by Mary Shannon Moore
About the book: Chronicling the Indian Premier League (IPL), India’s first sports league and the most controversial ever, this book explores the intricacies of the business and the acceptability of the IPL to take a closer look at the various scams that have plagued it. It is a blow-by-blow description of the highs, lows, and future of the IPL that has, possibly, redefined the way the rest of the world perceives India. It analyses what the league got right and what it has got wrong and why. And, what the IPL and its owner/promoter—the Board of Control for Cricket in India (BCCI)—could have done to sell the sport and build on the popularity of cricket in India, but didn’t. Analysing the spot-fixing scandal, the conflict of interest controversy, the specific issues concerning the teams, the complicated interplay between the BCCI and the IPL, this thought-provoking work brings to light many untold stories of cricket in India.
by Pradeep Magazine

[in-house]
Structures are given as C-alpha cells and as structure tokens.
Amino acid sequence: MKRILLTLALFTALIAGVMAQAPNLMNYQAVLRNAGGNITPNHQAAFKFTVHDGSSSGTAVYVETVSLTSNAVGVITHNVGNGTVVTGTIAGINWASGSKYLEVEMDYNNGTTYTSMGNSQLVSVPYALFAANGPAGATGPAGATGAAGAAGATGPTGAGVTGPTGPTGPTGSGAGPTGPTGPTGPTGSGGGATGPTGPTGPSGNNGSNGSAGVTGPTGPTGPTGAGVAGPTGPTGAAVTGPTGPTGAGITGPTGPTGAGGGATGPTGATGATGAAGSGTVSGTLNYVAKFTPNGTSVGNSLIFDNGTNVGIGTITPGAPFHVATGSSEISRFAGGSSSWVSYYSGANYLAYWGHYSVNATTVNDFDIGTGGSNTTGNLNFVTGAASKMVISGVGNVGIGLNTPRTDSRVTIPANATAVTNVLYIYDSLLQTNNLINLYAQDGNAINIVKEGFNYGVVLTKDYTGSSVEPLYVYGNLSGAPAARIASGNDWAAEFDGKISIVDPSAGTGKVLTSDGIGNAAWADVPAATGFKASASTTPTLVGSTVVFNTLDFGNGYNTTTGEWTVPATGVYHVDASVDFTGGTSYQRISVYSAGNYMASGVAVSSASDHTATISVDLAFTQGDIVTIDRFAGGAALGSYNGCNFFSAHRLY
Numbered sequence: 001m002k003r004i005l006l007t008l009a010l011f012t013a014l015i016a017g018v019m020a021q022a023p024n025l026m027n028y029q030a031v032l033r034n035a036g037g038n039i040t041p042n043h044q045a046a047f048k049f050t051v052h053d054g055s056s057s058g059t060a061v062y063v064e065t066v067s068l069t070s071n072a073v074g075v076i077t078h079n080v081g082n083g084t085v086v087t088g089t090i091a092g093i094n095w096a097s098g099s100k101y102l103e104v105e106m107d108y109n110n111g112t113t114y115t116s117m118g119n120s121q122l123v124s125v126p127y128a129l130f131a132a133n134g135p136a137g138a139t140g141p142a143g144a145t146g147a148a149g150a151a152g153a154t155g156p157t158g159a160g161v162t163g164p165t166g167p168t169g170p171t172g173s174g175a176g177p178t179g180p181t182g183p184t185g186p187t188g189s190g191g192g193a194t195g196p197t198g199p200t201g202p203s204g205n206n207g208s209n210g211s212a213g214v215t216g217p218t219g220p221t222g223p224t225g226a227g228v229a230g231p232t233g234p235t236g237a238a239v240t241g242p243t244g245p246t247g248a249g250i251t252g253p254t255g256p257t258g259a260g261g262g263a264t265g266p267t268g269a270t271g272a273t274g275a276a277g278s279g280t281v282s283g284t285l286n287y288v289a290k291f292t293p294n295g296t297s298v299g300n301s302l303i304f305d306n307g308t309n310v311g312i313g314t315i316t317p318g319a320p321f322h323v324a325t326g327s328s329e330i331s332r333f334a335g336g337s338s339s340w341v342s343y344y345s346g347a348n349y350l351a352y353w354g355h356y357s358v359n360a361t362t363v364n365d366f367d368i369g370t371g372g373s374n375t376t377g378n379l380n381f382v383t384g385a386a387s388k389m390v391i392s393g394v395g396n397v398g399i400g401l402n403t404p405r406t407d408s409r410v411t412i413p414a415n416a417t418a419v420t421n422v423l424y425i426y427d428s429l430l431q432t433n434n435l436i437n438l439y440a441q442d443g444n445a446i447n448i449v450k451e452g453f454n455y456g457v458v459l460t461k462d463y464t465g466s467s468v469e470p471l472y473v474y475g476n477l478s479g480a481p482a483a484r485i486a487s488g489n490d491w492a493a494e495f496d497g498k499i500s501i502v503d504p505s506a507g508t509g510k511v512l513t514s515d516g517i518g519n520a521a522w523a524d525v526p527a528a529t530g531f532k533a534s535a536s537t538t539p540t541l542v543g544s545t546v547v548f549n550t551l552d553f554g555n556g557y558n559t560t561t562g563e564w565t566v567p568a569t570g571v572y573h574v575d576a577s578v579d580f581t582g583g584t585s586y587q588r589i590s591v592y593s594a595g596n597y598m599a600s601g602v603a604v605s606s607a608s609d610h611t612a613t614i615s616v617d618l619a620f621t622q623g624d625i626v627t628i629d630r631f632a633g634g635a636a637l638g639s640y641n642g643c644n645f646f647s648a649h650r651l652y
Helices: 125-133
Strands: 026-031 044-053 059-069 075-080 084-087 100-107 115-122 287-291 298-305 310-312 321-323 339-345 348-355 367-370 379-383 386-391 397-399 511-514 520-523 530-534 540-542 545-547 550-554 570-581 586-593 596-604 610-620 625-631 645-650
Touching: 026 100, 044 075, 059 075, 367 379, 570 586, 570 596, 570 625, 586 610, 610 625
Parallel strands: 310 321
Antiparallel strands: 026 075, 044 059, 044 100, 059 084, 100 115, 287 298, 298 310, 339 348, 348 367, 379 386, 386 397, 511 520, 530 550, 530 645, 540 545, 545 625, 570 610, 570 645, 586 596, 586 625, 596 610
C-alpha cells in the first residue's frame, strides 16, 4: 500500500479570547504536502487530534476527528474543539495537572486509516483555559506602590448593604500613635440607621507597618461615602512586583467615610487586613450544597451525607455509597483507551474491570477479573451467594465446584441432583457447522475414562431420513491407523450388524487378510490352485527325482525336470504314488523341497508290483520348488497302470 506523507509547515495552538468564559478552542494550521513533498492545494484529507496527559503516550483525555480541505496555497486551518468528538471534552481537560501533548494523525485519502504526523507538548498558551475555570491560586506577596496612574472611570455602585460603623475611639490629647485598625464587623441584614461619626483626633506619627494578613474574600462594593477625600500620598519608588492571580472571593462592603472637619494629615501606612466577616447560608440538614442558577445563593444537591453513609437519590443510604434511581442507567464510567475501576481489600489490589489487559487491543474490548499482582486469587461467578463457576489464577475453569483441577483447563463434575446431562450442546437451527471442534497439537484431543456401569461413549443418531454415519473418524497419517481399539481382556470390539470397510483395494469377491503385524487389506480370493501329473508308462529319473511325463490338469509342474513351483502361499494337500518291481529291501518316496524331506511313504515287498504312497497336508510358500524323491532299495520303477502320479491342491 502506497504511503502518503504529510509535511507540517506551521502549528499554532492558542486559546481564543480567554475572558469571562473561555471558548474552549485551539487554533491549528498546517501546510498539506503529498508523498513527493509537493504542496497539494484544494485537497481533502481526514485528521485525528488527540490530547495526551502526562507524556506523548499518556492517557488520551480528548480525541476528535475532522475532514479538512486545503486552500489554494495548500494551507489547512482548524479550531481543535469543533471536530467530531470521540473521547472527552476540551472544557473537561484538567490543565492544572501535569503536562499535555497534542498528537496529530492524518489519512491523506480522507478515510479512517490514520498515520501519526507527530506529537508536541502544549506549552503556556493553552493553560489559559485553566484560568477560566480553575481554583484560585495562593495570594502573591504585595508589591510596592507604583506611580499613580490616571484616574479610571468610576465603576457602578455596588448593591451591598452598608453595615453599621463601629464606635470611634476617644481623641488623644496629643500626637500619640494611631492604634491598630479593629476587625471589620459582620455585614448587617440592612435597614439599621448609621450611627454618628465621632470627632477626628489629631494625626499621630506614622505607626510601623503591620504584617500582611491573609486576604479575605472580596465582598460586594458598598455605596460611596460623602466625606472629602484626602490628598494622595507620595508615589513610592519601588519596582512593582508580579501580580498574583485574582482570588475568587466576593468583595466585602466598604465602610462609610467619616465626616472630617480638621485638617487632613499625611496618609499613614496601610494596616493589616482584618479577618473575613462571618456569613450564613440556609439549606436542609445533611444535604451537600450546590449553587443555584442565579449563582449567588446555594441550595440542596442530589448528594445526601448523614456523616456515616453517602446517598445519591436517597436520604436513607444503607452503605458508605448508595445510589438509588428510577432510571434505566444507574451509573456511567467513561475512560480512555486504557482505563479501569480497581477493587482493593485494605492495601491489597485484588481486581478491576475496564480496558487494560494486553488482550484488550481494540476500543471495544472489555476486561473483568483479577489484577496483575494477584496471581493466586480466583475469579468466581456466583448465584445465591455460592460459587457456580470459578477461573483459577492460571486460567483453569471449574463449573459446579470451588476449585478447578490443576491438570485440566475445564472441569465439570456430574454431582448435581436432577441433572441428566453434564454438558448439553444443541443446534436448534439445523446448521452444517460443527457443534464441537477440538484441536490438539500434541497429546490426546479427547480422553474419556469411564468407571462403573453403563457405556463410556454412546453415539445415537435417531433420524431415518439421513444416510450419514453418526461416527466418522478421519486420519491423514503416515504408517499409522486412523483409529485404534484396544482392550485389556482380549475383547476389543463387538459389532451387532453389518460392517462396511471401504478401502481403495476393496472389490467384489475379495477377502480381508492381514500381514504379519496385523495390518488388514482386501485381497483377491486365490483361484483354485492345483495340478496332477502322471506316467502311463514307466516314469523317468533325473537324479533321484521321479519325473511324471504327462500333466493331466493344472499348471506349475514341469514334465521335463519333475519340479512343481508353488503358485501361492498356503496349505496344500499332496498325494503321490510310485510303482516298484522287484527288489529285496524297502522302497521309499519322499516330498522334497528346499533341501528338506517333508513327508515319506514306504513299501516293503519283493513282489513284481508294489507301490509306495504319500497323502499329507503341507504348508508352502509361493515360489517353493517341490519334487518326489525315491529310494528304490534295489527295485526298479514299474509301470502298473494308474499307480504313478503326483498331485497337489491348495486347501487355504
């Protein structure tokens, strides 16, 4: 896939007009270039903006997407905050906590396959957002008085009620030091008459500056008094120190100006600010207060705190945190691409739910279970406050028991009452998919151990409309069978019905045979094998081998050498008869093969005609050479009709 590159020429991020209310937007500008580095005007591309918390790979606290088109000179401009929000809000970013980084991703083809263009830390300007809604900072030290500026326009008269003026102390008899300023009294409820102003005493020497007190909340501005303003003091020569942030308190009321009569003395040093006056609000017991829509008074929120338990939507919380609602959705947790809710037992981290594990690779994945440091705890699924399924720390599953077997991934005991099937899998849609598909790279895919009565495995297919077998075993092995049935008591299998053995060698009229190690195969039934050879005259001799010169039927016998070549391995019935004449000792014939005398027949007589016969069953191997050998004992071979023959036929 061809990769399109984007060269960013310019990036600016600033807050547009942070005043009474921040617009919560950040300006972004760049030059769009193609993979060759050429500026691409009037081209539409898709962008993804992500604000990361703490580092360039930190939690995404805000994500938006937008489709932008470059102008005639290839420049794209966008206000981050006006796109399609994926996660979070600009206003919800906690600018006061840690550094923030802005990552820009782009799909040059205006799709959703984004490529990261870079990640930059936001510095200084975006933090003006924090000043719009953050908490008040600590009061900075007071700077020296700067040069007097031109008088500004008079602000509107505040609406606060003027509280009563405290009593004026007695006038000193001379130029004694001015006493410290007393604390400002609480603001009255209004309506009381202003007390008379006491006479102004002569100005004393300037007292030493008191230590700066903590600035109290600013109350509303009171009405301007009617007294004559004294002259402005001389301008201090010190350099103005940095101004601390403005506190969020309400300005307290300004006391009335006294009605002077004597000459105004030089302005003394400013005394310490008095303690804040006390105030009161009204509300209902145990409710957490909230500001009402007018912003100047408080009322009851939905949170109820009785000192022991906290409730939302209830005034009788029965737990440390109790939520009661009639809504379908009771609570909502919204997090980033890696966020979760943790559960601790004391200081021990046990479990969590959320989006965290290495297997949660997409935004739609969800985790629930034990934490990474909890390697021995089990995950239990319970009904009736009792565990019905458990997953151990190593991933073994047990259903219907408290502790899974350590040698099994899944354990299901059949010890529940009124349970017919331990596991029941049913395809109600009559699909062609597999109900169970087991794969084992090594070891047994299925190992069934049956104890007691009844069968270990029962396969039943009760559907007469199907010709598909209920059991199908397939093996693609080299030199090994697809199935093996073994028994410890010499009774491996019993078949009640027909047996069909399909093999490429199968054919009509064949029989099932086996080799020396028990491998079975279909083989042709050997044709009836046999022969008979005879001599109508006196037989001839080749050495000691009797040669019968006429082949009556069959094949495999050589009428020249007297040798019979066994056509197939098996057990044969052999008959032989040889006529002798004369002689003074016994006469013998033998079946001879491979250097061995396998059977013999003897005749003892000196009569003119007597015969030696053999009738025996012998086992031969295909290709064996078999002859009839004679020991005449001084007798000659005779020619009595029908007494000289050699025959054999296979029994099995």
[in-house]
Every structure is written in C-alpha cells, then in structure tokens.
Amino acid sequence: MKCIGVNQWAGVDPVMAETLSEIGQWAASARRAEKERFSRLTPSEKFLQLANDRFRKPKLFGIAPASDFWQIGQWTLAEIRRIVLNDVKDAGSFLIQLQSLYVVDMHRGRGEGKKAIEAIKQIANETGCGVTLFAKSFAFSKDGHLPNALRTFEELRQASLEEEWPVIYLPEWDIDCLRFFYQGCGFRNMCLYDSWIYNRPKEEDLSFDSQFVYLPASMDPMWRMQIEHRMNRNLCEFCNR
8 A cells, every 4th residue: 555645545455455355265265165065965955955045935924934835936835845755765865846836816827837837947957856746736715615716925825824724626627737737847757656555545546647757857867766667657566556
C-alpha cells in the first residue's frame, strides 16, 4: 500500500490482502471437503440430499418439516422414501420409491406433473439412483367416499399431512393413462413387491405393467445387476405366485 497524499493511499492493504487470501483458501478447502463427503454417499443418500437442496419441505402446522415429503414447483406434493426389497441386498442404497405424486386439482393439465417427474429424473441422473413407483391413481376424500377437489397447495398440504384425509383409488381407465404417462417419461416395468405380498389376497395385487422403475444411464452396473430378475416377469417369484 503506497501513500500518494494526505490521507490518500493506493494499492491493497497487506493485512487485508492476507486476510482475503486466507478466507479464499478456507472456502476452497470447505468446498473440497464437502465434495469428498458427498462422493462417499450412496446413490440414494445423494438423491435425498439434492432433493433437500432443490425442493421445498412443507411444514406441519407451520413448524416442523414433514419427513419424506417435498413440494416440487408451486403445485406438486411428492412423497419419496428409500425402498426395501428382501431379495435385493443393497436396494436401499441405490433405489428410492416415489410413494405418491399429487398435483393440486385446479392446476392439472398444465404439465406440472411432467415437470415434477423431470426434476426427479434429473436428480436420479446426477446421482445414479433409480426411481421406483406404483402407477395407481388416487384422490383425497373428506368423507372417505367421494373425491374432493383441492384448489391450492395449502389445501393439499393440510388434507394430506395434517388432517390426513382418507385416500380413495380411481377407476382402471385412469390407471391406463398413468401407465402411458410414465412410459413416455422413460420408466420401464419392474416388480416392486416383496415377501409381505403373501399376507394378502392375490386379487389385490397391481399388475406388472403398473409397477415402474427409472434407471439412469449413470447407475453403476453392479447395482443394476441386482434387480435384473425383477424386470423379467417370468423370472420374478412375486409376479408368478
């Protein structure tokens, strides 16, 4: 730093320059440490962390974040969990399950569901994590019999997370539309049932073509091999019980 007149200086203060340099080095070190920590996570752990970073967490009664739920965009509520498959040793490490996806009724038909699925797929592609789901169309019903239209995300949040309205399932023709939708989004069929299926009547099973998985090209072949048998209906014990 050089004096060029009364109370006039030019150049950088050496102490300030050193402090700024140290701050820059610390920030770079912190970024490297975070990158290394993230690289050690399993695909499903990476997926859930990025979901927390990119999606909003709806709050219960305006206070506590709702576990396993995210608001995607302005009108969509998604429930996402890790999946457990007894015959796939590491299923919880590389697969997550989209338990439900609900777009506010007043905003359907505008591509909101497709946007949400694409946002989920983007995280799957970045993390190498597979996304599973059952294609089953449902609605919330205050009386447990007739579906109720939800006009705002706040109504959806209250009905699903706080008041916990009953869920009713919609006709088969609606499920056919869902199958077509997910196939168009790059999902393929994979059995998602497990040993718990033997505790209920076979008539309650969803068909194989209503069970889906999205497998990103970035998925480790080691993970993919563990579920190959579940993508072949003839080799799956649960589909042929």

About the book: A Revealing, In-Depth Account Of The Nexus Between The World S Top Cricketers And Bookmakers. On 17 March 2007, The Much-Fancied Pakistan Team Crashed Out Of The Cricket World Cup After A Surprise Defeat To Minnows Ireland. Even As Disappointed Fans Reacted With Anger And Dismay, Rumour Mills Began Working Overtime, Insinuating The Involvement Of Bookmakers In The Unexpected Result, And Hinting At Match-Fixing. Speculation Reached A Fever Pitch When, The Day After, Pakistan Coach Bob Woolmer Was Found Murdered In His Hotel Room. Sources Alleged That The Hand Of The Subcontinental Betting Mafia Was Behind The Attack On Woolmer, And Pointed To The Billions Of Dollars That May Be At Stake When A Match Is Thrown . This Recent Episode Is Only The Latest In A String Of Incidents Involving The World S Top Cricketers. In Recent Years, The Indian Subcontinent Has Emerged As Perhaps The Most Lucrative Arena In Which World Cricket Is Played, Not Least Because Of The Enormous Sums Wagered On The Outcome Of Every Match. Fired By A Chance Encounter With A Bookie In The Caribbean, Top Indian Cricket Writer Pradeep Magazine Set Himself The Task Of Finding Out Exactly How The Shadowy World Of Betting And Match-Fixing Works. He Interviewed Players, Journalists, Cricketing Officials, And Even Posed As An Informer For A Bookmaker For A While. What Emerged In The Course Of His Inquiry Was A Story Of Divided Loyalties And Carefully Camouflaged Half-Truths, Of Players Who Actively Participated In Match-Fixing And Others Who Colluded With Them. He Found That The Money Trail Snakes Its Way Into Every Part Of The Game In The Subcontinent, And Thence To The World. This New And Revised Edition Of This Best-Selling Book Brings The Shocking Story Of Betting Scams And Match-Fixing In International Cricket Up To The Present, And Indicates How Strong The Bookie Cricketer Ties May Be Even Today.